Will Olympics spread measles?

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A worrying number of European measles cases — and parents not vaccinating kids — has some doctors extra-concerned.

In our post 9/11 world, events like the Olympics carry the extra burden of keeping spectators safe from acts of violence. Visitors to London will no doubt see police toting submachine guns and be captured by surveillance cameras at every turn. While anti-terrorism has dominated conversations on the eve of the games, there’s a less-discussed hazard for travelers — and the rest of us. In 2011, Europe reported over 30,000 cases of measles. Third-world levels of infection on a first-world continent are worrisome. It’s worth considering whether folks stepping foot in Great Britain should carry a copy of their vaccine records with their passport to earn safe passage into the country.

We don’t know how many measles cases were due to parents who refused to vaccinate their kids. We do know that the cases can be attributed to broad swaths of people who are not vaccinated against measles. We also know that the bogus claim that the measles-mumps-rubella vaccine (MMR) causes autism got its start in Europe. Most important, we know that the world is flat: 2011 also saw the largest outbreak of measles in the U.S. since the mid-1990s. Over 90 percent of our cases were imported here from locations around the world. Some of those cases were, unfortunately, kids who were too young to receive either one or both doses of the MMR vaccine. But of those infected kids who could get the vaccine, three out of four did not because their parents refused it.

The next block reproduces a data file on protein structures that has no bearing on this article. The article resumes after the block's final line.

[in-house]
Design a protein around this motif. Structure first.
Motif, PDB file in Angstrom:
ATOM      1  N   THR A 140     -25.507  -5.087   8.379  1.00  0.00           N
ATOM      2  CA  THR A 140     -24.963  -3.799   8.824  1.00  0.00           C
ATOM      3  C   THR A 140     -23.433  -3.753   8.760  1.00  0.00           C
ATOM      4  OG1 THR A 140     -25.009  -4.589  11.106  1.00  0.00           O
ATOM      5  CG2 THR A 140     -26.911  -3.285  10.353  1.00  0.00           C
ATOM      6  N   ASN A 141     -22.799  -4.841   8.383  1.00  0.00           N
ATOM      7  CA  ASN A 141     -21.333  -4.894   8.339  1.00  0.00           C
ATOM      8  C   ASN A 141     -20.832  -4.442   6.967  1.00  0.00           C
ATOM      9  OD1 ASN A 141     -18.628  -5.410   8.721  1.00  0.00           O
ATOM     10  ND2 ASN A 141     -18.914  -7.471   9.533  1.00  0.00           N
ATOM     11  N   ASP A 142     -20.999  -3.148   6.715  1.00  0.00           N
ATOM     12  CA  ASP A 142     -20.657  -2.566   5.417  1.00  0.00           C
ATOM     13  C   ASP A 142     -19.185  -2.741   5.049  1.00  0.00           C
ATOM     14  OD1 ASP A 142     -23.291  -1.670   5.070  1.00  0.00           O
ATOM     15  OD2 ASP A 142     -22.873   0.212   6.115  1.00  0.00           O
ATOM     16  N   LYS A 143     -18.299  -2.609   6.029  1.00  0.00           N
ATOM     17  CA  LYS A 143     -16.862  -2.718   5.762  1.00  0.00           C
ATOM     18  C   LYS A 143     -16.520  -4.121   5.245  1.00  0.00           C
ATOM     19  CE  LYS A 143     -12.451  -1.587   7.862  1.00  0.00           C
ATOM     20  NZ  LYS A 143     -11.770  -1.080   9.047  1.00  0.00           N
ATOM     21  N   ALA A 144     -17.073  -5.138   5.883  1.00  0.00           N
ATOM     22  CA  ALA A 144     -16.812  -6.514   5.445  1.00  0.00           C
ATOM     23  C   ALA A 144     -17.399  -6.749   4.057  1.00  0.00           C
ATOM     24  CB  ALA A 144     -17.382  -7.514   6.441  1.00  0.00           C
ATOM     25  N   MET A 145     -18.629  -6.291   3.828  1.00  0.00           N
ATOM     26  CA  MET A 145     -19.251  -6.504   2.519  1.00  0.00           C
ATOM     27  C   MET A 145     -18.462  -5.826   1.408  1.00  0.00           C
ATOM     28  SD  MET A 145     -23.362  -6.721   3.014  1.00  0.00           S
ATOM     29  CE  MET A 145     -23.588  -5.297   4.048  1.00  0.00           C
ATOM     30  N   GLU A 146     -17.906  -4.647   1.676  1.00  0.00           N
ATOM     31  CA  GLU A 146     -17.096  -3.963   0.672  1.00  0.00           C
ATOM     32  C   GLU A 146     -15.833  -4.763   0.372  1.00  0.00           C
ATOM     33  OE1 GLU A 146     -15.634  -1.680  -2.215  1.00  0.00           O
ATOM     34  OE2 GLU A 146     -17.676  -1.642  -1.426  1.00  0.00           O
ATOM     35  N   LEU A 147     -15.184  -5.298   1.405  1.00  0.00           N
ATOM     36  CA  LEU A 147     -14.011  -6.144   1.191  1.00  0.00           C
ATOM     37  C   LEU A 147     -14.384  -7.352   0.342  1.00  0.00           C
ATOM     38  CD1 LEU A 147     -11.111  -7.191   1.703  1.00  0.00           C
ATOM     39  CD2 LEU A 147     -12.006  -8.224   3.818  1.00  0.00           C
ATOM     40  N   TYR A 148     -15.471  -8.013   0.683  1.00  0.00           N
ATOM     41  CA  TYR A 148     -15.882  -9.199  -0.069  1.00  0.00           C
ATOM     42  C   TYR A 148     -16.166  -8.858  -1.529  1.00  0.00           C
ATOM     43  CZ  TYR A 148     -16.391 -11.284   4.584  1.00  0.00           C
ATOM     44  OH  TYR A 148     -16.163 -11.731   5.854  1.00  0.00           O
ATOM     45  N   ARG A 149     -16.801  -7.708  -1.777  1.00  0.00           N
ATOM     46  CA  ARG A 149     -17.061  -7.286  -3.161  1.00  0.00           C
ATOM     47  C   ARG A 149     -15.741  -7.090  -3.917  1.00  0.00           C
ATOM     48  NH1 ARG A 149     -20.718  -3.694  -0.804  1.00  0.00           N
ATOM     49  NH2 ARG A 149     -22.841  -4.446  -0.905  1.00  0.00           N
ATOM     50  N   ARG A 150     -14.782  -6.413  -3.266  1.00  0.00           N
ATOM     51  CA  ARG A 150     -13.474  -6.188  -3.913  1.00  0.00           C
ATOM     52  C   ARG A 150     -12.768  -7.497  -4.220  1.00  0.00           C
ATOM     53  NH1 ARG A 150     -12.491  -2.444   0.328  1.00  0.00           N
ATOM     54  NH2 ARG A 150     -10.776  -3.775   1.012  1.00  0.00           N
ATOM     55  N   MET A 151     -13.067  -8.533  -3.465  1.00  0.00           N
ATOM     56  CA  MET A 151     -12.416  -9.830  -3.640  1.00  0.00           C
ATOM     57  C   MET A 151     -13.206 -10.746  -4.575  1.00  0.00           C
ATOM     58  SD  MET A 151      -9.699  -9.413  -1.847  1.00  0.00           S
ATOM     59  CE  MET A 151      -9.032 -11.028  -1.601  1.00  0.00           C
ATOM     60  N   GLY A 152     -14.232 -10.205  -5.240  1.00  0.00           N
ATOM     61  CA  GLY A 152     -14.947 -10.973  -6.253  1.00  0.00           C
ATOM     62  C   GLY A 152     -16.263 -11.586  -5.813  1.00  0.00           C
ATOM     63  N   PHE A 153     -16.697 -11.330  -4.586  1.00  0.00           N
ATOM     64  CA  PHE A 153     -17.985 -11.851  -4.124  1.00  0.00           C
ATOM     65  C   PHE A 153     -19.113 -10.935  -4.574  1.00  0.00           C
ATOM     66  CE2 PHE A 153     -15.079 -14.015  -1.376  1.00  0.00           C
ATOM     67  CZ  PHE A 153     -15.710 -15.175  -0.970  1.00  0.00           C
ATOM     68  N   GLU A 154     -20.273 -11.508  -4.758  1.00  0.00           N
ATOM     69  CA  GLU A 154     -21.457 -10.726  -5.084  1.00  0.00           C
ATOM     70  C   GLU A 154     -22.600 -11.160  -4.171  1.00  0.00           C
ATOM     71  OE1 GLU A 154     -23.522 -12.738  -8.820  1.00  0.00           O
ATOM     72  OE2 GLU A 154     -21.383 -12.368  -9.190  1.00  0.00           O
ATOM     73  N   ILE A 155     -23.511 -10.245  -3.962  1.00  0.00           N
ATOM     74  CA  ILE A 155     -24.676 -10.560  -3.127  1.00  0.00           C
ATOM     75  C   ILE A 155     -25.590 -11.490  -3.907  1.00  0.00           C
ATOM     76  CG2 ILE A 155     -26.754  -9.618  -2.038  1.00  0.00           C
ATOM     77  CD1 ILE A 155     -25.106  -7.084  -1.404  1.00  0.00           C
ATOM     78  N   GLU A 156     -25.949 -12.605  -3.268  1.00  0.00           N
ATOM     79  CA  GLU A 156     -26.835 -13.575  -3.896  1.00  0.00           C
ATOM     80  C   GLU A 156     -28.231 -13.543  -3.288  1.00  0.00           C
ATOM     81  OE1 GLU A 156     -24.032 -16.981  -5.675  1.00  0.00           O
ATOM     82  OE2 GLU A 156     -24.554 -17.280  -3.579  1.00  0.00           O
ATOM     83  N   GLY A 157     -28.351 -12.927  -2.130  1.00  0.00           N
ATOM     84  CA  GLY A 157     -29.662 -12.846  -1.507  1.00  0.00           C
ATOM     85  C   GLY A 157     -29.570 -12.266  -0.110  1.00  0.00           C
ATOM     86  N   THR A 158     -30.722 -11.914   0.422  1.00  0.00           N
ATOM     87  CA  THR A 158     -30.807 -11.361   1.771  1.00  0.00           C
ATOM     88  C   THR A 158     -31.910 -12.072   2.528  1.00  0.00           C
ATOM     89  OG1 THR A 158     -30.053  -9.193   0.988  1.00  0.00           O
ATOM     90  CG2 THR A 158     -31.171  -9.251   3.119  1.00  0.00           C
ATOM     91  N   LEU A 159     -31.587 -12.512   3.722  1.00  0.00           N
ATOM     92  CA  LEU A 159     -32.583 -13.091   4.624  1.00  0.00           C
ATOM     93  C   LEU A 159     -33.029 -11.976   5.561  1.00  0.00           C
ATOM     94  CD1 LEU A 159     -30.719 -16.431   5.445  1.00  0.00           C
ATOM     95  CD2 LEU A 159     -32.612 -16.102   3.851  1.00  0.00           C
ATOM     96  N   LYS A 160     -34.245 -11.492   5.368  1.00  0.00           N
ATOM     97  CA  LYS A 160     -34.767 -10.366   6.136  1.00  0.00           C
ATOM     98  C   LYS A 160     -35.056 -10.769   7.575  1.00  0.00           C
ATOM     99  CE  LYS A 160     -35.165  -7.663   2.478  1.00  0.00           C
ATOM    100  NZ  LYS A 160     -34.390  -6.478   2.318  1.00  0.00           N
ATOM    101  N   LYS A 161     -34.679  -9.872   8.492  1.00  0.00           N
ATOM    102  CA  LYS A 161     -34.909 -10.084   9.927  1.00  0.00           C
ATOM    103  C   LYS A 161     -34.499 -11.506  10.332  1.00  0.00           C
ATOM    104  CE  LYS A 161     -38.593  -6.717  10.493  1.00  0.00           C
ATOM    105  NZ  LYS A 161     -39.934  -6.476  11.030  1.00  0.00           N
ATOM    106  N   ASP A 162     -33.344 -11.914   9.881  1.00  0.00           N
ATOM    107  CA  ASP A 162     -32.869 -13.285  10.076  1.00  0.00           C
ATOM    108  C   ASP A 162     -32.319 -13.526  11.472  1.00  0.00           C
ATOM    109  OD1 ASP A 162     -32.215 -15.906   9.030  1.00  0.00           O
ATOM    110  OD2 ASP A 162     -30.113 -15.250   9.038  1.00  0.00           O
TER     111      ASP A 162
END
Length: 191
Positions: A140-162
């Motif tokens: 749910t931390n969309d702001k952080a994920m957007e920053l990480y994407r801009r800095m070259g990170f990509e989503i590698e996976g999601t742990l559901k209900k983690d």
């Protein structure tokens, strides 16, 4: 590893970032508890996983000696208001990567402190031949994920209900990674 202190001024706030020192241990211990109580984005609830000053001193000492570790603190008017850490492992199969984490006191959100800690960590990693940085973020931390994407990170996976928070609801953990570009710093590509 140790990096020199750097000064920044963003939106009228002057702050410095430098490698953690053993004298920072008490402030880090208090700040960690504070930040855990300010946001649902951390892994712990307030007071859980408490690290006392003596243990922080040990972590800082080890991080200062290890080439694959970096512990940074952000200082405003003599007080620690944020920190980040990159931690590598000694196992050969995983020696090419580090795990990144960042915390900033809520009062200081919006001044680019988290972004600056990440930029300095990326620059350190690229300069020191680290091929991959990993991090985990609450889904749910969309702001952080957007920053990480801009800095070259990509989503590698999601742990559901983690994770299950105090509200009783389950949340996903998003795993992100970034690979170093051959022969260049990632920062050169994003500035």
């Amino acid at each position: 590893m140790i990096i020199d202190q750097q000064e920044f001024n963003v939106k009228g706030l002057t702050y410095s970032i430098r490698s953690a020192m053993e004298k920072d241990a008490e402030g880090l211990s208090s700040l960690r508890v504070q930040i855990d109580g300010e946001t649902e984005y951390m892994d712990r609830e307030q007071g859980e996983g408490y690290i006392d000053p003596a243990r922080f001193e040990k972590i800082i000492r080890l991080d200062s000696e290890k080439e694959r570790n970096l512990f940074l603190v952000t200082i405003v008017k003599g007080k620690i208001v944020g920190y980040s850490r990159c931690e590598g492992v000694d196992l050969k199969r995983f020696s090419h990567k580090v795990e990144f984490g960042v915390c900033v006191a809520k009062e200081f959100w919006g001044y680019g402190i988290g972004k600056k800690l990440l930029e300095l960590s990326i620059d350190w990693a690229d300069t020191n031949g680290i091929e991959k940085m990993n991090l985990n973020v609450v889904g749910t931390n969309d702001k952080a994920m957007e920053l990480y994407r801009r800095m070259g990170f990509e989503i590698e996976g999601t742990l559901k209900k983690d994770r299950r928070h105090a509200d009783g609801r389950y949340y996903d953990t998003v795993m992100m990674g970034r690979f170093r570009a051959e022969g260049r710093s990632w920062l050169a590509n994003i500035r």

All of this makes us ask, yet again: Despite the breadth of medical, legal and ethical evidence speaking to the safety of vaccines, why does the anti-vaccine movement continue to wield so much influence over parents?

But before getting to that, it’s worth putting the problem in perspective. Anti-vaccinationists have been around since the birth of immunizations. What’s striking is how little has changed in their attempts to damage the reputation of vaccines. Paul Offit shows this in his book “Deadly Choices: How the Anti-Vaccine Movement Threatens Us All.” After the discovery of the smallpox vaccine during the 1880s, anti-vaccinationists seized upon the fears of a less secular society by claiming the vaccine contained the “poison of adders, the blood, entrails and excretions of bats, toads and suckling whelps.” Today, in a society more accustomed to clinical jargon, they focus fear tactics on the real compounds used to keep us safe and known to be effective, like thimerosal.


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